Backgroud: Despite the evidence of an elevated prevalence of low bone mass in adolescent endurance runners, reports on dietary intake in this population is limited.
Objectives: This study aimed to evaluate energy availability (EA) and dietary intake among 72 (n = 60 female, n = 12 male) high school cross-country runners.
Methods: The sample consisted of a combined dataset of two cohorts. In both cohorts, the Block Food Frequency Questionnaire (FFQ; 2005 & 2014 versions) assessed dietary intake. Fat free mass was assessed using dual-energy x-ray absorptiometry or bioelectrical impedance analysis.
Results: Mean EA was less than recommended (45 kcal/kgFFM/day) among male (35.8 ± 14.4 kcal/kg FFM/day) and female endurance runners (29.6 ± 17.4 kcal/kgFFM/day), with 30.0% of males and 60.0% of females meeting criteria for low EA (<30 kcal/kgFFM/day). Calorie intake for male (2,614.2 ± 861.8 kcal/day) and female (1,879.5 ± 723.6 kcal/day) endurance runners fell below the estimated energy requirement for “active” boys (>3,100 kcal/day) and girls (>2,300 kcal/day). Female endurance runners’ relative carbohydrate intake (4.9 ± 2.1 g/kg/day) also fell below recommended levels (6-10 g/kg/day). Male and female endurance runners exhibited below-recommended intakes of calcium, vitamin D, potassium, fruit, vegetables, grains, and dairy. Compared to male endurance runners, female endurance runners demonstrated lower relative intakes of energy (kcal/kg/day), protein (g/kg/day), fat (g/kg/day), fiber, vegetables, total protein, and oils.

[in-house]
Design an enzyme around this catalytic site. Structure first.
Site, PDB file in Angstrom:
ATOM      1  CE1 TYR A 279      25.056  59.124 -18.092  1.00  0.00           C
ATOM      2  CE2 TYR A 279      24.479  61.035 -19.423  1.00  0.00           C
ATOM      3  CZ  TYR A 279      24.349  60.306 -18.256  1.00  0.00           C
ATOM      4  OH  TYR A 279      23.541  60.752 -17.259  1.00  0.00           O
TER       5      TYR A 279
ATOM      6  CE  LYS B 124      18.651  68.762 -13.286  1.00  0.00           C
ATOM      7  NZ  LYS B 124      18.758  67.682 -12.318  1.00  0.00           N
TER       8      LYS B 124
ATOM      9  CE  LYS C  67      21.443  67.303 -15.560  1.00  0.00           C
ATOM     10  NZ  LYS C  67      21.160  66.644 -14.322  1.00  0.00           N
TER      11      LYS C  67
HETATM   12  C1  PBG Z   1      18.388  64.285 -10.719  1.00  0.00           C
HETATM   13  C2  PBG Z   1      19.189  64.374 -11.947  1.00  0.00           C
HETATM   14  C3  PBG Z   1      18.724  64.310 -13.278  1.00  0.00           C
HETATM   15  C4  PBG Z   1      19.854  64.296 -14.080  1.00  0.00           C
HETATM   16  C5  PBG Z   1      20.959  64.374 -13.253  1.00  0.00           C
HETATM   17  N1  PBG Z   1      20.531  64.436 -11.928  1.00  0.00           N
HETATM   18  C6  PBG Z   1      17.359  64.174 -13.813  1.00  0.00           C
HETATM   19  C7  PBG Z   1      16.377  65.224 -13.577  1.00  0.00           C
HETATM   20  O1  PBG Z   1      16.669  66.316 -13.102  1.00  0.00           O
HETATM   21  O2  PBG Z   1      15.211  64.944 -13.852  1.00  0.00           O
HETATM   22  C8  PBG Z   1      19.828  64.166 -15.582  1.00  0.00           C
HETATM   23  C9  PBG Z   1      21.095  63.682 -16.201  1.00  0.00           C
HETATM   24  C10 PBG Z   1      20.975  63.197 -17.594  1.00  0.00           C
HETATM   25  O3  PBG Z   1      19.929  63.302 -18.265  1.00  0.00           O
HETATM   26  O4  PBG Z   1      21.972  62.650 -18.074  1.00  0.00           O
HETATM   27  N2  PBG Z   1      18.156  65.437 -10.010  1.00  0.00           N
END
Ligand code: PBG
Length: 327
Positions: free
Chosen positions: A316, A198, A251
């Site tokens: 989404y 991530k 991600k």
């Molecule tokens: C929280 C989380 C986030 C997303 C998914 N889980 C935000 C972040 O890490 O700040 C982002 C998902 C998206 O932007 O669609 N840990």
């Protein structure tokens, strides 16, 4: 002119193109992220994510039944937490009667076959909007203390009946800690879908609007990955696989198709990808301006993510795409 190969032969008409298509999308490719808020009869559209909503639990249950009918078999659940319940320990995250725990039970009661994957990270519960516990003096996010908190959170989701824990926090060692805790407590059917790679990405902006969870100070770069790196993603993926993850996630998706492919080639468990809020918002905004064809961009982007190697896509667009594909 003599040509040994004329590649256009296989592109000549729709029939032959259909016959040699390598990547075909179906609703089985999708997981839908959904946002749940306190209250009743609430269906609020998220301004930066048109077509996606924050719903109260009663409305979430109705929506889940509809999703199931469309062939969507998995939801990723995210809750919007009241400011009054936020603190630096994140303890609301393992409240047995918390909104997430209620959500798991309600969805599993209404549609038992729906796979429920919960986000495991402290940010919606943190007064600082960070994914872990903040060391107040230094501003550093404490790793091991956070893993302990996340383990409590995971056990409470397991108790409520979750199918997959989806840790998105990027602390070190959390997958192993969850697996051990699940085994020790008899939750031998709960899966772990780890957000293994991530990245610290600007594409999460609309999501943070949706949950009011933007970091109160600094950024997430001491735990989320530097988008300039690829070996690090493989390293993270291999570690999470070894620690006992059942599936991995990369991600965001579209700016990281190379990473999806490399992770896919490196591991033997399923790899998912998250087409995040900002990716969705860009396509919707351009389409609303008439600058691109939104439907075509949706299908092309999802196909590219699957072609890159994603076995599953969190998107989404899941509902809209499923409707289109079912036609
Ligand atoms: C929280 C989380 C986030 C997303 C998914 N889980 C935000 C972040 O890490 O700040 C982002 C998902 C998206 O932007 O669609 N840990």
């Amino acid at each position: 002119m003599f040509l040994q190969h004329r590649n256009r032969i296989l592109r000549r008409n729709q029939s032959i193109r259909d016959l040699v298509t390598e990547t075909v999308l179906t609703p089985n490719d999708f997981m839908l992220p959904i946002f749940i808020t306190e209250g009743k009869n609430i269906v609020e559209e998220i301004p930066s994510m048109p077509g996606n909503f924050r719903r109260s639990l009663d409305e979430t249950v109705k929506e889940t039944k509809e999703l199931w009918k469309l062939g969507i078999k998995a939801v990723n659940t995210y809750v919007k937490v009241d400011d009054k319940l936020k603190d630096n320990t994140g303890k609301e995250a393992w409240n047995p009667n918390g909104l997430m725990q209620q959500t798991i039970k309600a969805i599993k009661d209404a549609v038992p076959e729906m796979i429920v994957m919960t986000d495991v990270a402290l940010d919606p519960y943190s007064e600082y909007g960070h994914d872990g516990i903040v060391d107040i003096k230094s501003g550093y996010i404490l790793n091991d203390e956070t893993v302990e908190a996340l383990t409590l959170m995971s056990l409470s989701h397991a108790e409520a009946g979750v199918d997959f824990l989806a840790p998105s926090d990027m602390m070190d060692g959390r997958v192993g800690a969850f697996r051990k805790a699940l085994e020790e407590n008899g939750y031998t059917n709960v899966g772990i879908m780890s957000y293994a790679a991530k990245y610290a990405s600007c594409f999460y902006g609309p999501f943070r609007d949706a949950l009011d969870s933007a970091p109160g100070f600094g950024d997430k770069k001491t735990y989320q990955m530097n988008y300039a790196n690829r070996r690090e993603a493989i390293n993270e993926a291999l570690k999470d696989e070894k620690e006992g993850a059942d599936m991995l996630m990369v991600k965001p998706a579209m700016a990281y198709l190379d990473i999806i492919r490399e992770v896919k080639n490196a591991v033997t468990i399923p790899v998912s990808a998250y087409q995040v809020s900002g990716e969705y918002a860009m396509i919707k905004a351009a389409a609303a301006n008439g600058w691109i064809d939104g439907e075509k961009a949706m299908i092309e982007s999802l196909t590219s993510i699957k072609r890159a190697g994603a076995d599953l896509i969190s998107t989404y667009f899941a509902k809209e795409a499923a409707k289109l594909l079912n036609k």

Conclusion: This study provides evidence of the nutritional risk of adolescent endurance runners and underscores the importance of nutritional support efforts in this population.